Morning Coffee Not Strong Enough? Do This Instead
Like a strong-tasting cup of joe, but want more caffeine out of it? Start double brewing your coffee. To paraphrase a big fan of the double brew process on Reddit, it'll make you feel like you can throw an orange at 60 percent the speed of light. It's that strong. Really.
Though it sounds both simple and complex, double brewing your morning coffee doesn't require much beyond its name: just send your coffee through another brew cycle for a double-strong cup of joe.
There are actually two ways to achieve the double brew. You can either send your cup of fresh coffee back through your maker, pouring it over a fresh dose of grounds (works best for things like a French press where you don't have to worry about any weird added tastes to future cups of coffee), or double your usual amount of grounds during the first cycle.
No matter which method you choose, it'll produce stronger, more concentrated coffee. However, the flavor of each cup of coffee will vary widely, depending on the preparation method you choose. In fact, it's a method best suited for iced coffee, as the ice dilutes the strong, powerful taste that can result.
Reheating a cup of coffee changes the flavor, and the longer it sits in a highly heated state, the faster it becomes bitter. Although you may achieve a higher concentration of caffeine, you may not enjoy the sour aftertaste that comes with it, though a little bit of salt could help make it less bitter.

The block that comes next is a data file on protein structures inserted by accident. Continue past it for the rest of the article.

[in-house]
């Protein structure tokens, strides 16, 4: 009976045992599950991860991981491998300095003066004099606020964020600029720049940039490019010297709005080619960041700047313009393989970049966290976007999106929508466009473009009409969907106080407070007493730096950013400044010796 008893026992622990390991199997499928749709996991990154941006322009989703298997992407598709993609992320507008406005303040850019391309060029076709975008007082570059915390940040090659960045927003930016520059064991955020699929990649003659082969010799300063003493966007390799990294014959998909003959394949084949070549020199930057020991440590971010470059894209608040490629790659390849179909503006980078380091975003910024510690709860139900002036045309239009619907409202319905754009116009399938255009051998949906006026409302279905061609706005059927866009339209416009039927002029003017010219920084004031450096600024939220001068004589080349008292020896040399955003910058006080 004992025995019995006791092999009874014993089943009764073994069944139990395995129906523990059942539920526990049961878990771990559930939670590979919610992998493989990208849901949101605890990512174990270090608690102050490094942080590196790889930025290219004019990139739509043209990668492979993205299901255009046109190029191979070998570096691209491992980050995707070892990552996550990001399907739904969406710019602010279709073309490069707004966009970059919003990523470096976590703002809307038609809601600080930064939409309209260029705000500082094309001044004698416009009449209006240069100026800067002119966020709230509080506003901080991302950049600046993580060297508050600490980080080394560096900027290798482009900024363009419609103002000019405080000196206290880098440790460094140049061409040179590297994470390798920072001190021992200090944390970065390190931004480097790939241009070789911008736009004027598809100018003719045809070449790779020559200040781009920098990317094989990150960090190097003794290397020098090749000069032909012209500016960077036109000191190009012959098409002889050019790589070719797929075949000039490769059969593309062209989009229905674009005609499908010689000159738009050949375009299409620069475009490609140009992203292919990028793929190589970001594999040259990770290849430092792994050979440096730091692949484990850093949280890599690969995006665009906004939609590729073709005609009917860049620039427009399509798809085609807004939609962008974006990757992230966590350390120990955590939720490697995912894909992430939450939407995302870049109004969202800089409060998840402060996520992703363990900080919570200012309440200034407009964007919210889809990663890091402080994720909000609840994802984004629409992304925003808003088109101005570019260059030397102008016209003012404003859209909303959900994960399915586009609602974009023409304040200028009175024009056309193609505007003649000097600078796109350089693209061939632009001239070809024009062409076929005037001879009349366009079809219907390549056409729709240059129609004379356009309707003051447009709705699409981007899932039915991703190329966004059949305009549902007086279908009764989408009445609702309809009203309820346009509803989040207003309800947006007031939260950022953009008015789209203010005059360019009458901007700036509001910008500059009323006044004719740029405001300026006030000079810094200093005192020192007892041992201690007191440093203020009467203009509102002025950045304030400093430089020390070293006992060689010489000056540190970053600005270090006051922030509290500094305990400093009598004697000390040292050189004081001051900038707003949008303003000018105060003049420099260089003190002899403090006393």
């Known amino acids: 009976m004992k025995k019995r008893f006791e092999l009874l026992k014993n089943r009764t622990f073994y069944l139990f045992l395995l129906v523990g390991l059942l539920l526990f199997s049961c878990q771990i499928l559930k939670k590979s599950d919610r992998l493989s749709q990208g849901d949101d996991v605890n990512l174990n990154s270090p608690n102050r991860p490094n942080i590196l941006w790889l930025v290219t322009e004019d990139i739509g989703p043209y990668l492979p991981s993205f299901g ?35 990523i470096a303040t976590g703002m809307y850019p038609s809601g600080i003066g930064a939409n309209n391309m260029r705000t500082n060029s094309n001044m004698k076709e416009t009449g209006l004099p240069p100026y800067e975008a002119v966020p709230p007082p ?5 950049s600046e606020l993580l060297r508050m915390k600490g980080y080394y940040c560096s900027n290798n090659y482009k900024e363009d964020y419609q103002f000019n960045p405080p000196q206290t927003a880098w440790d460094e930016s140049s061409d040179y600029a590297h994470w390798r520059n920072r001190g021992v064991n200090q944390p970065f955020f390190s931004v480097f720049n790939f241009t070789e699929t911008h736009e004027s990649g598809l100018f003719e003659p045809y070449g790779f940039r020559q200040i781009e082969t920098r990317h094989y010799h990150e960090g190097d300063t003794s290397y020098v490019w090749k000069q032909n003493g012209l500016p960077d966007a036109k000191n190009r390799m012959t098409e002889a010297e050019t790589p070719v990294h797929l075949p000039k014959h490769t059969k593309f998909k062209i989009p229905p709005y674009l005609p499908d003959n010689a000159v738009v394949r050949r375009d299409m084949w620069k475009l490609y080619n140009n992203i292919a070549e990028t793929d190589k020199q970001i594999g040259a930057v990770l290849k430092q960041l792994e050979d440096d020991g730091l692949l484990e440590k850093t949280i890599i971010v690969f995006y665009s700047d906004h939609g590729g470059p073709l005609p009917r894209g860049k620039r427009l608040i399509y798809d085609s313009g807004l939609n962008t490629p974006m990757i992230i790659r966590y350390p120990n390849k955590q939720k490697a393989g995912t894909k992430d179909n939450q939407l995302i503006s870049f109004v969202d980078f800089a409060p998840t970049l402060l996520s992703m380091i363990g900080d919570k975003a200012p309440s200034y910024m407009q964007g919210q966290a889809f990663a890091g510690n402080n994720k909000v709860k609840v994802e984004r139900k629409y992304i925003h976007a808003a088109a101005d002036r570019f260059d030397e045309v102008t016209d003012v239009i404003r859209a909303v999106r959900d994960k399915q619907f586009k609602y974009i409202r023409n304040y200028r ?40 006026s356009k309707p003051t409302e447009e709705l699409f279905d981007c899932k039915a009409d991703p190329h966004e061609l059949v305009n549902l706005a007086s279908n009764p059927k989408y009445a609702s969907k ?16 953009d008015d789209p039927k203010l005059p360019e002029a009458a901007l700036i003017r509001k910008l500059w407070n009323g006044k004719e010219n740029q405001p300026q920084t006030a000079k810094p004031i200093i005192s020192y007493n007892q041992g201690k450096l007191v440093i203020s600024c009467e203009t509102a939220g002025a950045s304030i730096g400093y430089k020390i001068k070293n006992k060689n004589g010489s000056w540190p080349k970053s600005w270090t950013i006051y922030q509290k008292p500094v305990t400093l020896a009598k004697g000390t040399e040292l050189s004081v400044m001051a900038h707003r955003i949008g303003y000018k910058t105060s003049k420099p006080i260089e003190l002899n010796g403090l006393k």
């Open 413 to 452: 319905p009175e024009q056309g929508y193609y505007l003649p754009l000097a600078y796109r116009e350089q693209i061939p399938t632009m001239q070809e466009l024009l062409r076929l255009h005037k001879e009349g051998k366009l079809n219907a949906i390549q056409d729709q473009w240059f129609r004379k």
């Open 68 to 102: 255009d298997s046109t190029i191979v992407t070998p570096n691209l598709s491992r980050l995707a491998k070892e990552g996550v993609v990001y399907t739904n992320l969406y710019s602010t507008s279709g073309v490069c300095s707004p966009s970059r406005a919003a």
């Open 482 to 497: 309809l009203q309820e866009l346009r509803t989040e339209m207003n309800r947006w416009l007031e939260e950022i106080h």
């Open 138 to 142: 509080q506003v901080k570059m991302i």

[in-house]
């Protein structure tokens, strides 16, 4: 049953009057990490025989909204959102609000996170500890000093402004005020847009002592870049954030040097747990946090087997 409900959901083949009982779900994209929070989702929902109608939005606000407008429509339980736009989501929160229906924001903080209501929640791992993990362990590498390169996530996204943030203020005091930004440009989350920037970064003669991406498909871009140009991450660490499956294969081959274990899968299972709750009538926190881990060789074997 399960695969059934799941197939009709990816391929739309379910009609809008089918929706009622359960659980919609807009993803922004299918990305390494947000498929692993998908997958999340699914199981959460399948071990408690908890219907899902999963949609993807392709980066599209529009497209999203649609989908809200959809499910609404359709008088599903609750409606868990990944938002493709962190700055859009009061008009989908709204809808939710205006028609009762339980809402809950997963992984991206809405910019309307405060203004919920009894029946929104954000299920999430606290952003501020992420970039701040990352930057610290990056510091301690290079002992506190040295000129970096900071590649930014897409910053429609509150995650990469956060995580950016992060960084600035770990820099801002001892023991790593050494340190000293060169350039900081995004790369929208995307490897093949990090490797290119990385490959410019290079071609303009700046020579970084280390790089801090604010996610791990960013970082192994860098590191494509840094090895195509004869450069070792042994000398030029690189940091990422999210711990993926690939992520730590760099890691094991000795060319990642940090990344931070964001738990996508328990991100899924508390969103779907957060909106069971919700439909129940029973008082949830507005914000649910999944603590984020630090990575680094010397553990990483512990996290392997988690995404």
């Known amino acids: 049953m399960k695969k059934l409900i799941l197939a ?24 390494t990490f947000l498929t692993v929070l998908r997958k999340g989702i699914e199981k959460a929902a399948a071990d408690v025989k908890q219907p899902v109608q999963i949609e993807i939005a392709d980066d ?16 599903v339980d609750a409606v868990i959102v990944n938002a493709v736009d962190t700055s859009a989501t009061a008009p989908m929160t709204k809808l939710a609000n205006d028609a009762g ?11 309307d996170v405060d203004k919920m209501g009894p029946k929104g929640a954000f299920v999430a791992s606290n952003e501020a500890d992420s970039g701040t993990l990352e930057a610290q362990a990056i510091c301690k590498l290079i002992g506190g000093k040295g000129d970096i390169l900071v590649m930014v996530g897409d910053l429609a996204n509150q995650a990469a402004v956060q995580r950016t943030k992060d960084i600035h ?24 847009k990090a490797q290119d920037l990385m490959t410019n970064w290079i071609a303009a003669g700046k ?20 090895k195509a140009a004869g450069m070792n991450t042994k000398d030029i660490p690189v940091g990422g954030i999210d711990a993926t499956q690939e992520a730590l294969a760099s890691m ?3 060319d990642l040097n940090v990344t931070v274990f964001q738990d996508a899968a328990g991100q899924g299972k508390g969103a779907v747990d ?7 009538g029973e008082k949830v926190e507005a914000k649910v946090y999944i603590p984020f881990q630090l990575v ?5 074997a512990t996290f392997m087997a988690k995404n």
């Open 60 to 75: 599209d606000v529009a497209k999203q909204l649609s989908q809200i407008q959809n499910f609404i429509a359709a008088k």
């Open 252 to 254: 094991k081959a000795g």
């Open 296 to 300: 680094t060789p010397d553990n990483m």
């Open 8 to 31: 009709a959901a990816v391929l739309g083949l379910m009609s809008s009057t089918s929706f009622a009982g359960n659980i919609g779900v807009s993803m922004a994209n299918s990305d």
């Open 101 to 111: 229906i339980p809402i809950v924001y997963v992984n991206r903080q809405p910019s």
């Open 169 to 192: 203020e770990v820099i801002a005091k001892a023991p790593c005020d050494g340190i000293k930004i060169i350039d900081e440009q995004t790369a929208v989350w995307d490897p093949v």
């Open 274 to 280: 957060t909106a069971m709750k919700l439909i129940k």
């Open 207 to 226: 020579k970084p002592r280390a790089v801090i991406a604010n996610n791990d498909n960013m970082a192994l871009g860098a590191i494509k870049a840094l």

If you have a Kuerig, Starbucks Verismo, or other pod coffeemaker, skip the eight-ounce button and choose the espresso option (or the smallest option available) instead. Just run one cycle with a coffee pod of your choice, then do another cycle with a fresh pod to fill your cup up. Yes, it takes two coffee pods, but if you like double-brewed coffee, it's worth the extra money.
And I know what you're thinking—what if you pour a brewed cup of coffee into the water reservoir and run it through another pod? Bad idea.
Most single-cup brewers require more water in the tank than is needed for a cup. So if you empty all of the remaining water, then add your brewed cup in, you're likely going to need to add more water in just to get it working. If you wanted to bypass that limitation, you could brew two cups of coffee, empty the reservoir, then dump that in. However, you'll end up with a very scorched cup of joe because of the heating element, not just more caffeine.
Additionally, there's the cleaning aspect to keep in mind. Beyond rinsing the reservoir and running the machine a few times to dispense the old coffee in its entirety, you'll need to complete about 10 to 15 brew cycles get your coffeemaker back to normal, or will need to descale the machine with vinegar sooner than you intended.
In all honesty, if you don't want to worry about extra cleaning, a burned taste, or any weird flavors in future cups of coffee, just use double the amount of coffee when you brew it, or use something like a French press where you don't have to worry about ruining the next person's cup. You could also just invest in a good percolator, try using a Turkish ibrik, or start buying a finer grind.